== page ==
The molecule contains a free cysteine (Cys) at position 18 and two intramolecular disulfide bonds Cys37-Cys43 and Cys65-Cys75 that are essential to preserve a properly folded tertiary structure of the rhG-CSF molecule [14, 15].

Filgrastim was first sold in the market in 1991. Since the expiration of its patent, more than fifteen biosimilars are commercially available in the world. Although several comparability studies on their structures and function have already been reported in the literatures [1620], this study is the first one, to the best of our knowledge, to compare all four drugs distributed in Italy based on the structural and functional point of view. This is important to properly inform end users (i.e., patients and medical staff) about biosimilar drugs as an alternative, rather than preventing them from using it due to lack of trust.

In this paper, we showed the comparison between the originator of filgrastim Granulokine® (Italian brand name of Neupogen®, GRA) with its biosimilars supplied on Italian market, namely, Nivestim™ (NIV), Tevagrastim® (TEV), and Zarzio® (ZAR). We particularly focused on the in-depth characterization of the peptide sequences for all drugs to unravel possible posttranslational modification that could lead to changes in amino acid composition and structure. By using sophisticated instruments such as reversed-phase high-performance liquid chromatography RP-HPLC and mass spectrometry, we were able to confirm the structural similarity of the four drugs and identified the presence of one disulfide bridge, which was found to be essential for the biological activity of these proteins.

Moreover, in order to provide information about their functional activity, we performed an innovative functional analysis by utilizing zebrafish embryo (Danio rerio), to compare the effect of the drugs on immune system cell activation. Recently, zebrafish has become a very interesting animal model in different fields, including pharmacology and toxicology [2128]. Aside from small molecule discovery and screening, it is now used for complex biological drugs characterization, such as biosimilars [29, 30]. Zebrafish is a less expensive and more manageable organism than the conventional animal models, such as the mouse or rat. It allows to conduct fast and reproducible tests for high throughput screenings [31, 32].

Zebrafish is widely used as the animal model to study vertebrate hematopoiesis in vivo. Genetic and molecular pathways are highly conserved between zebrafish and mammals. The morphology and function of their blood cells are also very similar. Monocytes/macrophages and granulocytes neutrophils, together with erythrocytes, are the first blood cells to enter the bloodstream at around 24 hours postfertilization (hpf) [33, 34]. The white blood cells of the innate immune system are able to respond quickly to proinflammatory stimuli, reaching the site of the stimulus in few minutes. Because the embryos are transparent and there is no adaptive immunity yet until the third day of development, microinjection of exogenous substances to the embryos is widely used as a validated protocol for in vivo studies of innate immune response (neutrophils and macrophages) [30, 3537].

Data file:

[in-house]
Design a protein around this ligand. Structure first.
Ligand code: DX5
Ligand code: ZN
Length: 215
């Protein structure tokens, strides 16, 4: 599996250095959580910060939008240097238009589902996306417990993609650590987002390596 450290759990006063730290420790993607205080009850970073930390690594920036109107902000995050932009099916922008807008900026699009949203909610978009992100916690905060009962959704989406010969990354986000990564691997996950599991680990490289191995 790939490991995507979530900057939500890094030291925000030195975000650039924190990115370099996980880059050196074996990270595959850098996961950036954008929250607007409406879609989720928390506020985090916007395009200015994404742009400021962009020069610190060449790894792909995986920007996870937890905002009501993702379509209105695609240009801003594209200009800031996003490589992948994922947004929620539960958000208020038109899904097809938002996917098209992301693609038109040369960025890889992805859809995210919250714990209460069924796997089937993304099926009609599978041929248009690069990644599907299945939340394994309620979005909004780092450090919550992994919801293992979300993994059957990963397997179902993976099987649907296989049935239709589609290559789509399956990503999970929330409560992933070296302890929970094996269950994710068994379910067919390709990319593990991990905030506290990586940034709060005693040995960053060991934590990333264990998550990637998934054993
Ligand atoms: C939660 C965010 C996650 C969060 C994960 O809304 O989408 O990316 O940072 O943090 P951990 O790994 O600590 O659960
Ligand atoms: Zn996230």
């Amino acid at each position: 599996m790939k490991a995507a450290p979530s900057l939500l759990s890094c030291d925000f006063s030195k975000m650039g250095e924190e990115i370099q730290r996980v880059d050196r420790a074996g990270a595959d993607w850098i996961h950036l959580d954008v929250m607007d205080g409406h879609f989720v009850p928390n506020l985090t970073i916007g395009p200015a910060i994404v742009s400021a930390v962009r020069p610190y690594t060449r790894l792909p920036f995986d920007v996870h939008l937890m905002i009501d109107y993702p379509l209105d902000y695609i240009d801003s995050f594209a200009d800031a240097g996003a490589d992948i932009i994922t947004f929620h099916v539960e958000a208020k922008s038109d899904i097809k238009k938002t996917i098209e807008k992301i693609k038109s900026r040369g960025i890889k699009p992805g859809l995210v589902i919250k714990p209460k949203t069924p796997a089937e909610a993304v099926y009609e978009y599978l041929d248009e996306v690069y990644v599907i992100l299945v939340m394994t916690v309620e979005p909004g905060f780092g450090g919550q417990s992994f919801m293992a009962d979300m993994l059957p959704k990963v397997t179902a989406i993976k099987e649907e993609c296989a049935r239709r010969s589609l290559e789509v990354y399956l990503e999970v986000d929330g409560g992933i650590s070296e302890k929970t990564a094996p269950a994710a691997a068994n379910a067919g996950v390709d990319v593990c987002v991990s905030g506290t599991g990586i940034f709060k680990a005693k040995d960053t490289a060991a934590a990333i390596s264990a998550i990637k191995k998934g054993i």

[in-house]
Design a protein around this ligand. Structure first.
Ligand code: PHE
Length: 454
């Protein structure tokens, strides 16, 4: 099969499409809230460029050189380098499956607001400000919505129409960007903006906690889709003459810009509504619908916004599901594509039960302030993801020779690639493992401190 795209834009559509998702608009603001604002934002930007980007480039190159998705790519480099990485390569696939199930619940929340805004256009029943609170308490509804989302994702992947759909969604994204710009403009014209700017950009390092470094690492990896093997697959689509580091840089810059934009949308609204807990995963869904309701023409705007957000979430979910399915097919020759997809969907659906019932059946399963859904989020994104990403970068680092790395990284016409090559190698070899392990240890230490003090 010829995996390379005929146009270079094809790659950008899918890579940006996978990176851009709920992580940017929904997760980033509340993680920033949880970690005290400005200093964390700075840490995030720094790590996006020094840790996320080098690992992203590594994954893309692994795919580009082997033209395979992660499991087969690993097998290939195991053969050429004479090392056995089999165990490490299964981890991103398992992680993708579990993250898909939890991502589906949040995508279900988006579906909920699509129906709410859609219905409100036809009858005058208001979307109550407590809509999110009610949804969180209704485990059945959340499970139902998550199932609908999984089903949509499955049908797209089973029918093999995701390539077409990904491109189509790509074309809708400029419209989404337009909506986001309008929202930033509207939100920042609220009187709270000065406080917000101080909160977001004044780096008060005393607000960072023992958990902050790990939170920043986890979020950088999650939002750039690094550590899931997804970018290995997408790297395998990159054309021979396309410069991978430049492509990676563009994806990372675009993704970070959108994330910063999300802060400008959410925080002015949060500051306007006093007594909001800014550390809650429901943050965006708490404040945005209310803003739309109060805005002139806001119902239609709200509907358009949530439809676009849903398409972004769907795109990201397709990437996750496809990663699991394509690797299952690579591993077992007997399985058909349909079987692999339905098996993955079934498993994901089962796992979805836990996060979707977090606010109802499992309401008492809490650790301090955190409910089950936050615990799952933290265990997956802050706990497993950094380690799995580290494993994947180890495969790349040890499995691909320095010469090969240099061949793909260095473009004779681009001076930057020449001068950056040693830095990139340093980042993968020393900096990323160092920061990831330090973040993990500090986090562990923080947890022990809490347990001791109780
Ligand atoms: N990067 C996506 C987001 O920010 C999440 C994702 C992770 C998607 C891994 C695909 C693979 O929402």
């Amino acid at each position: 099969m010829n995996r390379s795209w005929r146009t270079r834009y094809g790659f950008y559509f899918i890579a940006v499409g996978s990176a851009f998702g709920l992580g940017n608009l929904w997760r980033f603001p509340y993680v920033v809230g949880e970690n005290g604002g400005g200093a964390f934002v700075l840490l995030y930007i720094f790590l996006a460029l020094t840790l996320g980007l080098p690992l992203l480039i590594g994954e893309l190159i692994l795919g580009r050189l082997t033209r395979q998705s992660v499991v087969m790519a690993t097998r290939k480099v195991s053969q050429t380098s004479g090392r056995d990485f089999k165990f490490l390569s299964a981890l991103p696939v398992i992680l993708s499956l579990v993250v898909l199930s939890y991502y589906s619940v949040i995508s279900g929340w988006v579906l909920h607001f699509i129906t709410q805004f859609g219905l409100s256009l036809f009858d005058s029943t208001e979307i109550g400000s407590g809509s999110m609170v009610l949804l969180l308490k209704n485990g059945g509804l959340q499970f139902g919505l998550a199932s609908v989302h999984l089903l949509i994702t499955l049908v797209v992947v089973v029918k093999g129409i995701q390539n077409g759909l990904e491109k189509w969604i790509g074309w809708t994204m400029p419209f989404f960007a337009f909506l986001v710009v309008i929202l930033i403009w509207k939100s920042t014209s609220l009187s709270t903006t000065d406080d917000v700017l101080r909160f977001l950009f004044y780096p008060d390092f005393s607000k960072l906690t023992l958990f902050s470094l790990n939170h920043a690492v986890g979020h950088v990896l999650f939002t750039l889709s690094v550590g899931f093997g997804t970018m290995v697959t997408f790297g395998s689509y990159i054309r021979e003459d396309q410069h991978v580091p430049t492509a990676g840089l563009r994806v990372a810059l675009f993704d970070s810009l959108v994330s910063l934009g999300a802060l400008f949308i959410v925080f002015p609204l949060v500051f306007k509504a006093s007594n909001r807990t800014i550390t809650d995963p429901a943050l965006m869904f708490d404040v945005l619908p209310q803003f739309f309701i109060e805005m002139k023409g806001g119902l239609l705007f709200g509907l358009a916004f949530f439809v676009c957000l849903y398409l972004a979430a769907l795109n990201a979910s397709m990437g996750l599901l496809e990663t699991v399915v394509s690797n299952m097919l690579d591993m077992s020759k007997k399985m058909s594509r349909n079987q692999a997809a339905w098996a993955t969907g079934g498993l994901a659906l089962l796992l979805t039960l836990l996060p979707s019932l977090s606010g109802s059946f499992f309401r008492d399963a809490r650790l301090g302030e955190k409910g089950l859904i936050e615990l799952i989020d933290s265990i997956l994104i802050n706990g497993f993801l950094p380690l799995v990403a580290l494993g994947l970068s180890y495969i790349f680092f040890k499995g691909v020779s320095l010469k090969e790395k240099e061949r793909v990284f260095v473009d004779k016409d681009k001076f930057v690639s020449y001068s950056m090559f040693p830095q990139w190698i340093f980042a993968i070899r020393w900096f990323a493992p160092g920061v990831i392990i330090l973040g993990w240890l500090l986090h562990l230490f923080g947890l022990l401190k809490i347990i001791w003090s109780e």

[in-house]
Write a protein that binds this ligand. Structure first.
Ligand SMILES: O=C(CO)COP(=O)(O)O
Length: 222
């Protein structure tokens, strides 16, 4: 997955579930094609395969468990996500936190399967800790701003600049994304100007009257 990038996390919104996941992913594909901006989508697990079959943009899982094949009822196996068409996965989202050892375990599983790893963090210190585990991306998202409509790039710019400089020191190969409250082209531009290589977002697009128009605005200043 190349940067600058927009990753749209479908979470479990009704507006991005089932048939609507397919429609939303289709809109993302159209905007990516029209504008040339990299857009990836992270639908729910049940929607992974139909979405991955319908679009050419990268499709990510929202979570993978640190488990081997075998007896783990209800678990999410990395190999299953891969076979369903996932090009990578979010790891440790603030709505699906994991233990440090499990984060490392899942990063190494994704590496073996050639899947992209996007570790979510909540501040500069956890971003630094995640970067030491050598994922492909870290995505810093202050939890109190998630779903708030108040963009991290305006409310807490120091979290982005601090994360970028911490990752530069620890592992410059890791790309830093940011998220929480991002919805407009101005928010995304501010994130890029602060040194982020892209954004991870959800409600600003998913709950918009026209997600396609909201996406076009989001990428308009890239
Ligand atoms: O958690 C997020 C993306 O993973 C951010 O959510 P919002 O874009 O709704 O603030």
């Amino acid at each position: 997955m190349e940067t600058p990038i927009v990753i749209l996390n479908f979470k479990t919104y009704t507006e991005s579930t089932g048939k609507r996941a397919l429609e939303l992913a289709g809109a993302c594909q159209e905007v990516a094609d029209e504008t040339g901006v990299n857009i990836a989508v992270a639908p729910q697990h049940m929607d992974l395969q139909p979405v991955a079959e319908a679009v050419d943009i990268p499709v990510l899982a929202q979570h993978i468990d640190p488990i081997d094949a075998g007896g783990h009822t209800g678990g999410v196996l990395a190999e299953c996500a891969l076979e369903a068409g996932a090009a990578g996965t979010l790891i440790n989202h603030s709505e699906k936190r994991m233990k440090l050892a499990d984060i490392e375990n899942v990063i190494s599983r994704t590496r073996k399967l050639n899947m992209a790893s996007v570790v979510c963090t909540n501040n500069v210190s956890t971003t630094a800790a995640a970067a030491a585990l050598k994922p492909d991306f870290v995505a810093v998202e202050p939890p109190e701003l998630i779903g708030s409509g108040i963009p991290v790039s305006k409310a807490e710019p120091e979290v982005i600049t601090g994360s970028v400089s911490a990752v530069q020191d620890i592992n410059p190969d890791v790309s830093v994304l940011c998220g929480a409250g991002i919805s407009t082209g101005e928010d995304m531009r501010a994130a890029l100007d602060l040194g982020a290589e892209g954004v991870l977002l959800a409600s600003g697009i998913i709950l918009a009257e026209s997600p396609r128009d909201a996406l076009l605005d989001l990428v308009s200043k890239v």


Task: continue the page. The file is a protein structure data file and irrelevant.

Filgrastim, GRA, and its biosimilars are analogues of zebrafish G-CSF, which promotes the proliferation and differentiation of granulocytes. G-CSF and its receptor G-CSFR have been identified and well characterized in zebrafish, revealing conservation of gene and protein sequences among different species, including human and mouse. Moreover, it was demonstrated that the functional G-CSF/G-CSFR mechanism of action is highly conserved [38]. Zebrafish embryos may thus represent a suitable in vivo animal model to study the effects of exogenously administered G-CSF.

The results obtained indicate similar functional and structural properties of all tested compounds supporting the assessment of biosimilarity among them.

2. Materials and Methods

2.1. Materials

Salts and solvents with the highest degree of purity available on the market have been used for chemical analyses. Sodium dihydrogen phosphate buffer (NaH2PO4), ammonium bicarbonate (NH4HCO3), acetonitrile LC-MS CHROMASOLV®, trifluoroacetic acid (TFA), N-methyl N-(trimethyl-silyl) trifluoroacetamide (MSTFA), glutamic acid, 1,4-dithiothreitol (DTT), iodoacetamide (IAA), calibration kits for MALDI-TOF-MS analysis (ProteoMass™ Peptide and Protein MALDI-MS calibration kit), sinapinic acid (SA), α-cyano-4-hydroxycinnamic acid (CHCA), Endoproteinase Glu-C from Staphylococcus aureus V8 and chymotrypsin sequencing grade from bovine pancreas from Sigma-Aldrich (Roche_cod.n.11420399001 and 11418467001, respectively), Zip-Tips® SCX, and Zip-Tips® C18 were purchased from Sigma Italia (Milan, Italy).

The wild-type AB zebrafish strain (cat. #1175) was purchased from the EZRC—European Zebrafish Resource Center, Institute of Toxicology and Genetics (Eggenstein-Leopoldshafen, Germany).

2.2. Drugs Tested

All drugs were obtained in their commercially available forms as an injection solution in prefilled syringes (one batch for each compound), as reported in Table 1. Filgrastim reference standard (Y0001173_ European Pharmacopoeia Reference Standard) was purchased from Sigma Italia (Milan, Italy).

Table 1: Summary of filgrastim formulations analyzed in this study, including compositions as declared by respective manufacturers and reported on corresponding leaflets.